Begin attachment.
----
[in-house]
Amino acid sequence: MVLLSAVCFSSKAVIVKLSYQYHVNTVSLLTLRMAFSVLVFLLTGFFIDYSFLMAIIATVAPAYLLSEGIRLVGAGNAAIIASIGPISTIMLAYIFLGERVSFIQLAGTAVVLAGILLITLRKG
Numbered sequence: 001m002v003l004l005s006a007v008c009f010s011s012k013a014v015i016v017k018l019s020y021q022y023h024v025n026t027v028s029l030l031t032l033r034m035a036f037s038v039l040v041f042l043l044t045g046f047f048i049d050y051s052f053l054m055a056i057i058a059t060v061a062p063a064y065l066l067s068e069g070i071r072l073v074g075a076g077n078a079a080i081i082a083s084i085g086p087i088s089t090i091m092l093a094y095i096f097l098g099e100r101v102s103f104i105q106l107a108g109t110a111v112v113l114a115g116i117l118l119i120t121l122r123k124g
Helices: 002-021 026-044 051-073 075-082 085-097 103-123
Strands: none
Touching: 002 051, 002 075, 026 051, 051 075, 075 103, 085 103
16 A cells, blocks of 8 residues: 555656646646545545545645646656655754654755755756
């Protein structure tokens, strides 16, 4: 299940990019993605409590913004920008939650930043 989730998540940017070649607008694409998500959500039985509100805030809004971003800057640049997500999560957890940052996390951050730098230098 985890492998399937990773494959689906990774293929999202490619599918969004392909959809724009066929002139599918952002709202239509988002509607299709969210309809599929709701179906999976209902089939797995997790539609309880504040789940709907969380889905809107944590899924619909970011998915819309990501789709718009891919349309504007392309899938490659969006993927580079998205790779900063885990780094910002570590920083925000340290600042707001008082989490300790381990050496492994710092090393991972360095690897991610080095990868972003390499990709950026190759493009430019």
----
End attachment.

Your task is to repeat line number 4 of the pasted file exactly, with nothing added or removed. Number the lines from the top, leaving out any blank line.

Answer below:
Helices: 002-021 026-044 051-073 075-082 085-097 103-123